The second was by members of the Citizens for a Clean Harbor. The highlight of that presentation were slides of the blast radius from the Quebec explosion superimposed over maps of Elma, Montesano and Aberdeen, illustrating the potential for great human disaster and noting the number of schools, homes and businesses that could be affected by such a blast. Like Figlar-Barnes, that presentation also covered the possible massive environmental impacts of any spill on the local waterways and delicate estuary ecosystems.
Both presentations also focused on the notion that Puget Sound and Pacific Railroad’s infrastructure on the Harbor is woefully antiquated to handle so much transport of so much crude oil over so many rivers and streams.
Some of the spill concerns were addressed by Linda Pilkey-Jarvis, a Dept of Ecology spill preparedness section manager.
While Pilkey-Jarvis’ answers brought some positive news, she also noted possible consequences if things don’t go as planned.
“Out of this last legislative session, the Department of Ecology spill program has been directed to write a report, a study, that’s going to look at these large issues that you’ve been bringing up,” she said. “We’re doing a study that will look at rail safety and oil spill gaps and issues in moving crude by rail. This is a really big issue.”
But she had bad news, too.
“The fact of the matter is, once oil is spilled you lose right away,” she said. “There’s all sorts and sizes of spills and they all do damage.”
And that’s the crux of the opposition — both human safety and environmental concerns. Quinault Indian Nation representative Steve Robinson took to the microphone in an effort to rally the concerned citizens into a cohesive opposition coalition.
“The Quinaults are adamantly opposed to oil trains,” he told the crowd to loud applause. “The tribe is interested in working with anyone who wants to keep Big Oil out of the Harbor.”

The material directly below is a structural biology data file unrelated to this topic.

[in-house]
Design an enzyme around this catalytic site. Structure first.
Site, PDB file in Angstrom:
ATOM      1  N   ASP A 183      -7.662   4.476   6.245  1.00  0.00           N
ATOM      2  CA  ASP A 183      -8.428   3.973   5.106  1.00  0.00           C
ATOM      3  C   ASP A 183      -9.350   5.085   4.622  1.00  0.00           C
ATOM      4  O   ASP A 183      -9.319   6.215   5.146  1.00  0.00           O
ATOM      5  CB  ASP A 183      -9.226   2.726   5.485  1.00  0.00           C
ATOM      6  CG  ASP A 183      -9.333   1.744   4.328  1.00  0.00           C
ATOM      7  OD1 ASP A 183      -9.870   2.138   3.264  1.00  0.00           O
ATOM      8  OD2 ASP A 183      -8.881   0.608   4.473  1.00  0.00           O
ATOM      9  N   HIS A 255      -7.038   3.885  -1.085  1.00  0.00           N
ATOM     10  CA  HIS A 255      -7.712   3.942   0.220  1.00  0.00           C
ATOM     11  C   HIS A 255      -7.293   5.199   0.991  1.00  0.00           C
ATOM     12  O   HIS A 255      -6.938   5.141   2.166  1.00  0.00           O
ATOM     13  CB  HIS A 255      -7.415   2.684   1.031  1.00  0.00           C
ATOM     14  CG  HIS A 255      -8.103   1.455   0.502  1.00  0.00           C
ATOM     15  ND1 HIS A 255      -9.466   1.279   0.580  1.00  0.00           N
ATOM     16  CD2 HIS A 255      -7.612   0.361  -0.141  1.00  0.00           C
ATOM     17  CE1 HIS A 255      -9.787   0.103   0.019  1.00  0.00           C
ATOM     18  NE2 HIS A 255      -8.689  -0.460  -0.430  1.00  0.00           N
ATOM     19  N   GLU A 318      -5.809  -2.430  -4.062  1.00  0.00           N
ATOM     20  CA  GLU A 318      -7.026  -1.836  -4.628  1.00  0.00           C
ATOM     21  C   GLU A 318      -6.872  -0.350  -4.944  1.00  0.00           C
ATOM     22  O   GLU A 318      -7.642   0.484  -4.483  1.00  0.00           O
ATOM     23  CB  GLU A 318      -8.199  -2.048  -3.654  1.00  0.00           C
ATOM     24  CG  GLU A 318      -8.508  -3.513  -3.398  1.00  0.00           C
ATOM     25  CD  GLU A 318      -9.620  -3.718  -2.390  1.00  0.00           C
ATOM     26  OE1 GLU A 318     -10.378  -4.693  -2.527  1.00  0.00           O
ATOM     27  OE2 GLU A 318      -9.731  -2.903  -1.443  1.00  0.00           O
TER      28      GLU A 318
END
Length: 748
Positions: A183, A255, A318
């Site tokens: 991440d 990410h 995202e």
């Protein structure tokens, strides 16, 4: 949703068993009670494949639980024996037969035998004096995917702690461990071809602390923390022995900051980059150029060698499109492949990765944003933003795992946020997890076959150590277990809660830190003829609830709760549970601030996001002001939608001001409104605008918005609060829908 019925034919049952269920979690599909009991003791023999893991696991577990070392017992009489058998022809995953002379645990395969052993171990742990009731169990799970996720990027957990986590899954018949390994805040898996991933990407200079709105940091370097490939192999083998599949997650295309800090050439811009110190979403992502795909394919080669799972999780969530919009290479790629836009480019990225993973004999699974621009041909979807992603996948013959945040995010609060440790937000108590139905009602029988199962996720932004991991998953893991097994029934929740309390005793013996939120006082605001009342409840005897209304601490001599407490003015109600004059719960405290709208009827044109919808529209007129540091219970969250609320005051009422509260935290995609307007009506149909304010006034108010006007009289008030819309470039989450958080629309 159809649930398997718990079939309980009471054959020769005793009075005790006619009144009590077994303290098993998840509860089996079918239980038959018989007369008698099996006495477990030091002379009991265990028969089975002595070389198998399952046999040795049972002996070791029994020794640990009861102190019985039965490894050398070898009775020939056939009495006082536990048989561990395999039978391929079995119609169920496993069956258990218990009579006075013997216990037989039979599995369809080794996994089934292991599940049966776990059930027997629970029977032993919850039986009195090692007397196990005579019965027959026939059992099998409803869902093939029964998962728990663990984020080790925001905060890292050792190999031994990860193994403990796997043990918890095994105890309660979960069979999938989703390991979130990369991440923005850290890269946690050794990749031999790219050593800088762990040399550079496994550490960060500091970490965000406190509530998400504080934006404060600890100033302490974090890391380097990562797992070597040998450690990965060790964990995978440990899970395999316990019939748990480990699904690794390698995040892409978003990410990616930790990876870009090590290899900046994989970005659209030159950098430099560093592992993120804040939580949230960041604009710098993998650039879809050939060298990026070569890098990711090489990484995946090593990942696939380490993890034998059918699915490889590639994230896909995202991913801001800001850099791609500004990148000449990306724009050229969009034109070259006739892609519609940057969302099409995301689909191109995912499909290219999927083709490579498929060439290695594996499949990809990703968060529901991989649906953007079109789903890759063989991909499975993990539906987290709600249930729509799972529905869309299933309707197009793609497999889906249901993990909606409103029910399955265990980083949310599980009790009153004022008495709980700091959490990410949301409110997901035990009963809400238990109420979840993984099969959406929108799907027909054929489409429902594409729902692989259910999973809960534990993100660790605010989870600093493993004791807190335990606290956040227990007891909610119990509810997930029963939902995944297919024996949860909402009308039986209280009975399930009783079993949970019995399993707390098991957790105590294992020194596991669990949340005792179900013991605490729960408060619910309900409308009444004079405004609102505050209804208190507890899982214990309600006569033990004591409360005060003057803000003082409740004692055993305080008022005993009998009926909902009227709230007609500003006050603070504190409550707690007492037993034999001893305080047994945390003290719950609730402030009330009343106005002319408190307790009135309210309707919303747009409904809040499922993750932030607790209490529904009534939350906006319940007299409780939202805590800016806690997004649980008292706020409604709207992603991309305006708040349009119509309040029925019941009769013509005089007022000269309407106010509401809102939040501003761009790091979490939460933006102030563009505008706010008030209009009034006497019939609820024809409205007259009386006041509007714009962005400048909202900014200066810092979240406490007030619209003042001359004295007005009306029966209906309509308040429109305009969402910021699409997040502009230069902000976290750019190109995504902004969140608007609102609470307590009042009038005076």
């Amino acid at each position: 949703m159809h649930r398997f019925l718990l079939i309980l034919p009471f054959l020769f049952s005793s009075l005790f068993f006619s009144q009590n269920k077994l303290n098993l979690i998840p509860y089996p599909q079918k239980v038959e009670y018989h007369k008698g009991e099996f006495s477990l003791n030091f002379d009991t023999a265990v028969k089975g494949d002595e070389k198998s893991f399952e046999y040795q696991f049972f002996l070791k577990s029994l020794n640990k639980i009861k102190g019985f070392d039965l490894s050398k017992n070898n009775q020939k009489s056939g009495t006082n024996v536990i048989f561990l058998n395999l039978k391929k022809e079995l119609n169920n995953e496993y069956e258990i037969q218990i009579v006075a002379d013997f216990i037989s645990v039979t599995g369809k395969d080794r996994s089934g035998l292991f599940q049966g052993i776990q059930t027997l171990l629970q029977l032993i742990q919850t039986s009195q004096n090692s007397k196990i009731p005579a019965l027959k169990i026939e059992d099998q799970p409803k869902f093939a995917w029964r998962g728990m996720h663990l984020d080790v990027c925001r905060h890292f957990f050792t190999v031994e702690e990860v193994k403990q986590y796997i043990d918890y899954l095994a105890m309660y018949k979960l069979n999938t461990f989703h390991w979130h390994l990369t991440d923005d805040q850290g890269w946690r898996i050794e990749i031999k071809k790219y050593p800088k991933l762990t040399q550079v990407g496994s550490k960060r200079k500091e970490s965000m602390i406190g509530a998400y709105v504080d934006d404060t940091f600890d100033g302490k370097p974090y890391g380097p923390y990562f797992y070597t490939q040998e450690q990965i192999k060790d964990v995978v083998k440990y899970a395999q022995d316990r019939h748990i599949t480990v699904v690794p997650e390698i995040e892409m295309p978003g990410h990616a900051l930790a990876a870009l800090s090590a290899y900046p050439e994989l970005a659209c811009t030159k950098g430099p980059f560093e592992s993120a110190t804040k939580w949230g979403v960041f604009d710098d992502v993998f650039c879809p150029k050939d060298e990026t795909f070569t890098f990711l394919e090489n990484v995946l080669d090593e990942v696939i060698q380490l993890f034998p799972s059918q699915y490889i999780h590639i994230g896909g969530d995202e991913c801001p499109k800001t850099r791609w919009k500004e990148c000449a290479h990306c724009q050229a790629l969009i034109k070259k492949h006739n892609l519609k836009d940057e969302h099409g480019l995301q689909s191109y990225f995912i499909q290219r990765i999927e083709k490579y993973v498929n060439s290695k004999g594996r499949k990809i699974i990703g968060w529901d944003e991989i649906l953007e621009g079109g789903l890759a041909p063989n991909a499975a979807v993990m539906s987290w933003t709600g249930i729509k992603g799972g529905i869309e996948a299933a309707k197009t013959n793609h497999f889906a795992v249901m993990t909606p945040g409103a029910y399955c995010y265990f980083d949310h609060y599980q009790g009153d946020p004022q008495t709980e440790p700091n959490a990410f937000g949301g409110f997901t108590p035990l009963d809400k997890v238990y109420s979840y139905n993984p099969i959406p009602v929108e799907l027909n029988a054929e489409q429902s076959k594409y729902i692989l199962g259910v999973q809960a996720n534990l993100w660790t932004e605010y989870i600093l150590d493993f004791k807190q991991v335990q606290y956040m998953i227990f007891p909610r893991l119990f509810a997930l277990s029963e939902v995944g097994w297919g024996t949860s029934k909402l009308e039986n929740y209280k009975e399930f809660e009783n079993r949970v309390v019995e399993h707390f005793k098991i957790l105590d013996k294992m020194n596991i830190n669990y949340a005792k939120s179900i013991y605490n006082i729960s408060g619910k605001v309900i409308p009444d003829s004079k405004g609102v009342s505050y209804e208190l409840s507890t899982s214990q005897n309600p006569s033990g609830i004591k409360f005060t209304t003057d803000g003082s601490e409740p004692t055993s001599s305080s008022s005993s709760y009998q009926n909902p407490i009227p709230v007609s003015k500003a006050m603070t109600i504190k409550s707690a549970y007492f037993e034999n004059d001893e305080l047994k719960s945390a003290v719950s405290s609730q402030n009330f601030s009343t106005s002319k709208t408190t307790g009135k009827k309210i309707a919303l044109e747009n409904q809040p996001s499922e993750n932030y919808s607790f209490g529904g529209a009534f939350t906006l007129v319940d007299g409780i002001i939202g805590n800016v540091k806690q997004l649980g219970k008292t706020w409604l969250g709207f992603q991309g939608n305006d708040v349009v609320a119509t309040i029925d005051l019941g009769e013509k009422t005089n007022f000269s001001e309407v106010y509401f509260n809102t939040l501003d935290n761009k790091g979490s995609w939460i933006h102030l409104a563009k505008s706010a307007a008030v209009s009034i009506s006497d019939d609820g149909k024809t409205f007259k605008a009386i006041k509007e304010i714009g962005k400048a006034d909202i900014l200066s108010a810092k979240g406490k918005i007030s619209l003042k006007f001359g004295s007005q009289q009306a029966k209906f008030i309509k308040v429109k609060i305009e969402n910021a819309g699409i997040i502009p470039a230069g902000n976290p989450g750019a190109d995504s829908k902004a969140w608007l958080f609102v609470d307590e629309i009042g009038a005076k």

Robin Moore of Hoquiam took to the podium to point out the irony of a company that named itself Imperium Renewables being involved in the proposal and implied that the whole affair seemed like a cynical money grab that threatens the Harbor in many ways.
“Way back when this whole thing first started I asked the people at Imperium if they had given up on biofuel,” she stated. “And they said no, so I went to their website and I took this comment.
She read a mission statement she found on the company’s website that she felt told that story.
“A commitment to social responsibility. It’s not just fuel we are working on. We founded this company with a goal to fundamental changing how we power our vehicles by creating a fuel that would reduce global warming and our dependence on the dwindling supply of petroleum, while at the same time providing a renewable source of energy for generations to come.”
Ray Brown of Westport was the only one left in favor of the projects by the end of the night.
“Fracking has been going on 65 years, there’s nothing new about fracking,” Brown said. “It really comes down to this: You guys don’t want no crude, you don’t get no crude. That means everybody’s walking home tonight. No walking on the pavement because that’s asphalt. When you go to the grocery store, don’t even think about buying anything, because it’s all made with oil.”
The forum is being broadcast on Eagle TV, public-access television hosted by Elma High School.